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6:20am – Walk to the gym
If you can, I’d really encourage you to find your way to the gym in an active way. Not only does it get my brain in gear as I put on a good podcast or playlist, but it loosens my muscles and means that I don’t have to spend time on a cardio machine to get my heart rate up before training.
6:40am – Warm-up
The often-overlooked but crucial step to any workout is a warm-up. In my opinion, it’s never more important than first thing in the morning. Given the fact that I’ve been in bed for (hopefully) eight hours, my joints and muscles need a good wake up call. I try to move through every part of my body, starting with my neck and working my way down to my ankles, paying particular attention to whatever I’m going to be training that day. I focus on mobilising with dynamic movements and muscle activation to prep me for the workout.
6:50am – Strength training
The weight lifting portion of my workouts session takes between 30 minutes to an hour. Regardless of what I’m training, they tend to take the same format: I start with one or two compound lifts, then move on to accessory exercises and supersets.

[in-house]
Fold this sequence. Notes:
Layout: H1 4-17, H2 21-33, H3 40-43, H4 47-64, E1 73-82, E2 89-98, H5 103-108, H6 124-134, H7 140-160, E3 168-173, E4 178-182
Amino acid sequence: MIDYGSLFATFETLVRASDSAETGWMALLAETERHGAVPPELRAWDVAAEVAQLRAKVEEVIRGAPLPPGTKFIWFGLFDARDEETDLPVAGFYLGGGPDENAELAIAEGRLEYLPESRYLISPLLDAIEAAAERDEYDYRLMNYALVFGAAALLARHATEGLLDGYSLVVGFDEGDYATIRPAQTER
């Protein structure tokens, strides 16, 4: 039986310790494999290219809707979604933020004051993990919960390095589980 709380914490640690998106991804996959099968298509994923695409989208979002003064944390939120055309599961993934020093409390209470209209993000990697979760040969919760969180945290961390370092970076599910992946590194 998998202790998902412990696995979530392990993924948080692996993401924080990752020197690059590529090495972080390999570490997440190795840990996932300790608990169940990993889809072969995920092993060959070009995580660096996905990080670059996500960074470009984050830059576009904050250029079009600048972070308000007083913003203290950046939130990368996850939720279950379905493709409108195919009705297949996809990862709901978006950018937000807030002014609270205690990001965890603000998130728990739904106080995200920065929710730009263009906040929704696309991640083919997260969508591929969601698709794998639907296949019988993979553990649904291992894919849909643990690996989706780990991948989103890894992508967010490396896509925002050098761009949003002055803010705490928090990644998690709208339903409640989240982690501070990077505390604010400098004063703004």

While that might sound like a lot, the key is not overdoing it. That’s a mistake I see so many people make: training for a long time, at high intensities, then wondering why they’re wiped out for the rest of the day. I’m here for the odd HIIT session every so often, but most of the time I take my morning workouts slow and steady – it’s enough to get me strong and sweaty without being too knackered to get through the rest of the day.
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8:10am – Shower
8:30am – Breakfast
If breakfast is the most important meal of the day, then a recovery breakfast has to be fit for a queen. Mine tends to be oat-based, as they’re delicious, filling and I can prep them the night before.
I find that overnight oats are way more easily digested as the process of soaking breaks down some of the starch. Plus, oats are a brilliant canvas for nutritious additions: I add protein powder, chia seeds and vegan milk to mine before letting rest overnight, then top with berries and peanut butter. A great re-feed is the key to avoiding a slump after a morning workout – nutrient-dense bowls that hit all three macronutrients to recover from an exerting morning and give me energy for the day ahead.
I unashamedly eat in front of my laptop most mornings, scrolling my inbox or news sites to get a plan for the day. While this might not be advised as the most mindful eating habit, it puts me in a focused headspace for the rest of the day. I start work, and about an hour later, I have my second and last coffee of the day which perks me up until lunchtime.
Images: Getty/Chloe Gray